How to start quail farming business?

Farming has proven to be a very interesting and lucrative business opportunity for many Nigerians. But what should you do if you do not have enough space, money and energy for a large farm? Well, the answer is simple and obvious: have a quail bird farm! Today, we will tell you about quails and why you should definitely have a quail farm.

What is quail?

Before we get into the actual quail farming, ask yourself a question: do you know what quail is? If not, do not worry, we are here to tell you all the important things you need to know about quails.

Quails are small birds that humans have domesticated. Most quails are around 18 cm in size and weigh around 150-200 g. Depending on the breed, quails’ plumage might differ, but most prominent colours are brown, white, grey, blue and black.

Did you know?

A grown female quail begins to lay eggs when it is around 7 weeks old and lays one egg a day. After the first year of egg laying, the amount of eggs slowly decreases to an egg every other day. The eggs are much smaller than chicken eggs; they weigh around 15 grams. The eggshells are mostly a mix of brown and white spots.

Quails can be grown as pets, for their eggs or their meat. The meat is nutritious and tasty, and the eggs are much healthier than other eggs people eat. Both have low fat levels and are great for people with blood pressure issues. In Nigeria, quail eggs are also known as Ogazi eggs and are sold as street food.

There are at least 18 different breeds of domesticated quail you can choose from for your farm. Most popular layer breeds in Nigeria are British Range, English White, Manchurian Golden, Pharaoh and Tuxedo. If you want to grow quails for their meat, then consider getting American Bobwhites or Indian Whitebreasted quails.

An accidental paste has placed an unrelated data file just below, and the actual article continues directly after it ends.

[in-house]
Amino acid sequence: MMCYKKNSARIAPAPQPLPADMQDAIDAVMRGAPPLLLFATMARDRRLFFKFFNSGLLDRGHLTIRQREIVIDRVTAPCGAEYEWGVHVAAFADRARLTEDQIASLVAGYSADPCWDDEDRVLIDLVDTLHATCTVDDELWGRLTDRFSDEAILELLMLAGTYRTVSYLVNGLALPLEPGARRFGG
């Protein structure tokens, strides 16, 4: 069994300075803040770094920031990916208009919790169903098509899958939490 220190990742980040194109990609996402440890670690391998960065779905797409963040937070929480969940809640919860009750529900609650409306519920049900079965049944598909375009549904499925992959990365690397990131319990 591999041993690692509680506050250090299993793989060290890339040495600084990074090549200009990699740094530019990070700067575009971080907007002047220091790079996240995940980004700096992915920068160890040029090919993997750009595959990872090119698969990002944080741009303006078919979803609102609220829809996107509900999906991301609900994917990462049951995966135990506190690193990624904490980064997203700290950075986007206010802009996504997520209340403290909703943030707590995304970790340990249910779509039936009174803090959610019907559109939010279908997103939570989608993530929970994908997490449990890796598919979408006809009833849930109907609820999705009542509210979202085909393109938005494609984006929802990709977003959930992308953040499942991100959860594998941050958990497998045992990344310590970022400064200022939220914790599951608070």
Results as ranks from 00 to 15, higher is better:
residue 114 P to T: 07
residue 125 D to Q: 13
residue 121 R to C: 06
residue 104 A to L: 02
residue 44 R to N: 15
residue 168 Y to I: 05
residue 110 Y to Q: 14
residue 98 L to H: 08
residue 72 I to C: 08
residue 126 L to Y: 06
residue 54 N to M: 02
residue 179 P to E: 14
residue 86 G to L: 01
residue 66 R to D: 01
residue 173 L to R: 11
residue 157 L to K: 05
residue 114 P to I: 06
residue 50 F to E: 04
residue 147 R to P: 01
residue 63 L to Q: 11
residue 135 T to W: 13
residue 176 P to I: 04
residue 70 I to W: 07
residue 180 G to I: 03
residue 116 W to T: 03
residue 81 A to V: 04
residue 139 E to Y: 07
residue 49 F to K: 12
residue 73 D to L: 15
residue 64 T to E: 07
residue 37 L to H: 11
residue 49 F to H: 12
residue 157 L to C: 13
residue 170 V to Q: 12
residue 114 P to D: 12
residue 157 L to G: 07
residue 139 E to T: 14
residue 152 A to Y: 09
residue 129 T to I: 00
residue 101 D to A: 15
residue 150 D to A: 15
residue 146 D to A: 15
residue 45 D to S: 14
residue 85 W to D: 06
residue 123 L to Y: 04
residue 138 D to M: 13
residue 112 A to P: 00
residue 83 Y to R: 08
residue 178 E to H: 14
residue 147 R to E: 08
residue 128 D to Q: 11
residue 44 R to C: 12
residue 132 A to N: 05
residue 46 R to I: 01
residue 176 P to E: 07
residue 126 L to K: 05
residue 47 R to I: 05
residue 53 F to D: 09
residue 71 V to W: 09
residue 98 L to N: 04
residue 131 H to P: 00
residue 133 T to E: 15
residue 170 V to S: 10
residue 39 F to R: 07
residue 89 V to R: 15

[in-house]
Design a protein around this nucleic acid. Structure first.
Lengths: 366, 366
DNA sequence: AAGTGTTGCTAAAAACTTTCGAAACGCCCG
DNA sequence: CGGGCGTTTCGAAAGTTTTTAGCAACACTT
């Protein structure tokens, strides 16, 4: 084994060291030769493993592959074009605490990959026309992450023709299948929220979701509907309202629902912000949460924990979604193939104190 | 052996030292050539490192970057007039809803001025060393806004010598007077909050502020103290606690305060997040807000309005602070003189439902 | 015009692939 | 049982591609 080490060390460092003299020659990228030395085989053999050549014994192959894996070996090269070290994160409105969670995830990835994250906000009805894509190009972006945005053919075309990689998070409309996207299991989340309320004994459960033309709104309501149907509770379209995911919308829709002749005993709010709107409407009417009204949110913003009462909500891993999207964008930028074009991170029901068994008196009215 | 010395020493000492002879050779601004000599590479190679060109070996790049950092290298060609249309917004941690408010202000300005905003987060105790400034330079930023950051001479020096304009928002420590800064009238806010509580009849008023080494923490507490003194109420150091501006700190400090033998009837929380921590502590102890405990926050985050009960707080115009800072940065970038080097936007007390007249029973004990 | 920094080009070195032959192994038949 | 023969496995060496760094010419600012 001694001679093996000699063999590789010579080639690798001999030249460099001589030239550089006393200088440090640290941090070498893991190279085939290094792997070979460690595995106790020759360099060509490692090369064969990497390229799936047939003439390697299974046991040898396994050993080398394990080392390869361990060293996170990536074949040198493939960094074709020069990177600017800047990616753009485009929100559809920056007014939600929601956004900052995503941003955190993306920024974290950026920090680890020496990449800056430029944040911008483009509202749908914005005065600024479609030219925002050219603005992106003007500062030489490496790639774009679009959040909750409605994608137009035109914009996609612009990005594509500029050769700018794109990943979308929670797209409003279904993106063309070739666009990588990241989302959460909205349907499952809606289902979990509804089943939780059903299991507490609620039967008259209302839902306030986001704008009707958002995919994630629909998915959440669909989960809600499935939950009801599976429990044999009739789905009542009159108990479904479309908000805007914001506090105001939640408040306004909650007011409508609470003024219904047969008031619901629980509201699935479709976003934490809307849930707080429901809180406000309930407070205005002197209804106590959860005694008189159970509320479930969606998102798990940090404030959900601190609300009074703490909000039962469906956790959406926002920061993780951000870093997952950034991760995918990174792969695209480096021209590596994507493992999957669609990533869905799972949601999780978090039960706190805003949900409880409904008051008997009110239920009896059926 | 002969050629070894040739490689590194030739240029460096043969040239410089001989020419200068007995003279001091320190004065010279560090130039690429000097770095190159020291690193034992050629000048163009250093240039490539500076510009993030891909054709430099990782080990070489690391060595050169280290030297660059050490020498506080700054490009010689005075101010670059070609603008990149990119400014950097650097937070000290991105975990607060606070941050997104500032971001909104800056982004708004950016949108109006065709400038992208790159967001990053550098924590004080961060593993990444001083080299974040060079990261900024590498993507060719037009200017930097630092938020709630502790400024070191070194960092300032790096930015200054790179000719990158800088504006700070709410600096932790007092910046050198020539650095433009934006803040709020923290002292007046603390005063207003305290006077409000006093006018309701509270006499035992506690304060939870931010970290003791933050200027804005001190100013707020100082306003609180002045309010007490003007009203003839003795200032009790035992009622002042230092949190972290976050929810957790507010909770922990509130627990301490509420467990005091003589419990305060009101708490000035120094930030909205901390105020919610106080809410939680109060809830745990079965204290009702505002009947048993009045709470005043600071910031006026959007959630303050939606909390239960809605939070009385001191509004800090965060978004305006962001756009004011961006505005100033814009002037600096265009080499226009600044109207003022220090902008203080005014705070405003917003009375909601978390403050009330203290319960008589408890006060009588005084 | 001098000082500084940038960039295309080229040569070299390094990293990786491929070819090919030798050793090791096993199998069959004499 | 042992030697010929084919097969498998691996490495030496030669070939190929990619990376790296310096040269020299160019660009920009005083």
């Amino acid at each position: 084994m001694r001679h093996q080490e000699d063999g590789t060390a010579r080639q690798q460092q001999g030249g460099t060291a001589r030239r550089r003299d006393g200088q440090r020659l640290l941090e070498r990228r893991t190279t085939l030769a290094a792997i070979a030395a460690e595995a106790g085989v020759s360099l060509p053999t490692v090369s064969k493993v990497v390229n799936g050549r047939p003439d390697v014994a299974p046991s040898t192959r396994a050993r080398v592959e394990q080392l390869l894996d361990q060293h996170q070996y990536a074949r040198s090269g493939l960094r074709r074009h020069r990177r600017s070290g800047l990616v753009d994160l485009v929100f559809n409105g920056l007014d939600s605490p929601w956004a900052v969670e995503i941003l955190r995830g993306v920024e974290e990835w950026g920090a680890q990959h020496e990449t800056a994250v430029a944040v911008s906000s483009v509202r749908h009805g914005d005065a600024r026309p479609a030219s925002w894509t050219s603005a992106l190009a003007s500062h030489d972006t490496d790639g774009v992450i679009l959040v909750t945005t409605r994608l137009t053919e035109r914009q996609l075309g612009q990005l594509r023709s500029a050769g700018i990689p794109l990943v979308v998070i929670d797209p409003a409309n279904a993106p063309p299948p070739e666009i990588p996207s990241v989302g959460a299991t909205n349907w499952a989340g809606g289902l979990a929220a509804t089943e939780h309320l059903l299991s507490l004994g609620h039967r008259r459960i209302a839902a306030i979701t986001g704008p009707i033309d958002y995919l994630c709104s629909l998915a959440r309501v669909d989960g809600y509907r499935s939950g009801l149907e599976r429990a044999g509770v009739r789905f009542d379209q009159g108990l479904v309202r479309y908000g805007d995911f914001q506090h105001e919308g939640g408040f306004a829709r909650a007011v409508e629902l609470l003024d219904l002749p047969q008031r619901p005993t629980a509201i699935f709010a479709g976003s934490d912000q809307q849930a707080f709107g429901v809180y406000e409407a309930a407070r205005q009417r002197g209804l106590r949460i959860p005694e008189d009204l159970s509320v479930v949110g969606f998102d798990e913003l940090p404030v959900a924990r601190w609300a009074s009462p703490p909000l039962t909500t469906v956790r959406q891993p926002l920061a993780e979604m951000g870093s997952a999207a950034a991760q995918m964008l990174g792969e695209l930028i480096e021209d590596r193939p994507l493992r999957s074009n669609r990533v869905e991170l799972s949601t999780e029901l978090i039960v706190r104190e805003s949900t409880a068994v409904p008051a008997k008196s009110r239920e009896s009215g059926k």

The benefits of quail farming


Now that you know a little bit more about these birds, we will tell you why quail farming is a great business opportunity, as well as a fun pastime. The main advantages of raising quails are:
★ Little to no extra expenses on land. As these birds are very small, you will not have to spend extra money on large pieces of land. You can just grow them in your backyard! You will need just one square meter of land to raise up to eight quails.

★ Relatively small expenditures on bird feed. Once again, this is where the size matters. You do not have to feed quails as much or as often as other domesticated birds. They mostly eat food of plant origin and occasional insects that appear on their way, so stack up on wheat and rice bran, mix in some minerals and other grains, and you are good to go!

★ Fast growing time. As we have said before, female quails start laying eggs at 7 weeks old. The eggs are ready to hatch in a little more than two weeks. This way, your quail farm will expand really fast.

★ Quails’ strong immune system. Quails rarely catch any diseases that many other birds are prone to. Even if your birds get sick, they are very resilient and strong, so there is a very high chance that they will recover. This way, you can save money on frequent visits to a veterinarian.

★ A satisfactory cost-effectiveness. By this, we mean that these birds do not need much feed to grow. By feeding your quails 3 kg of feed, you will end up with 1 kg of quail meat, which is considered quite cost-effective.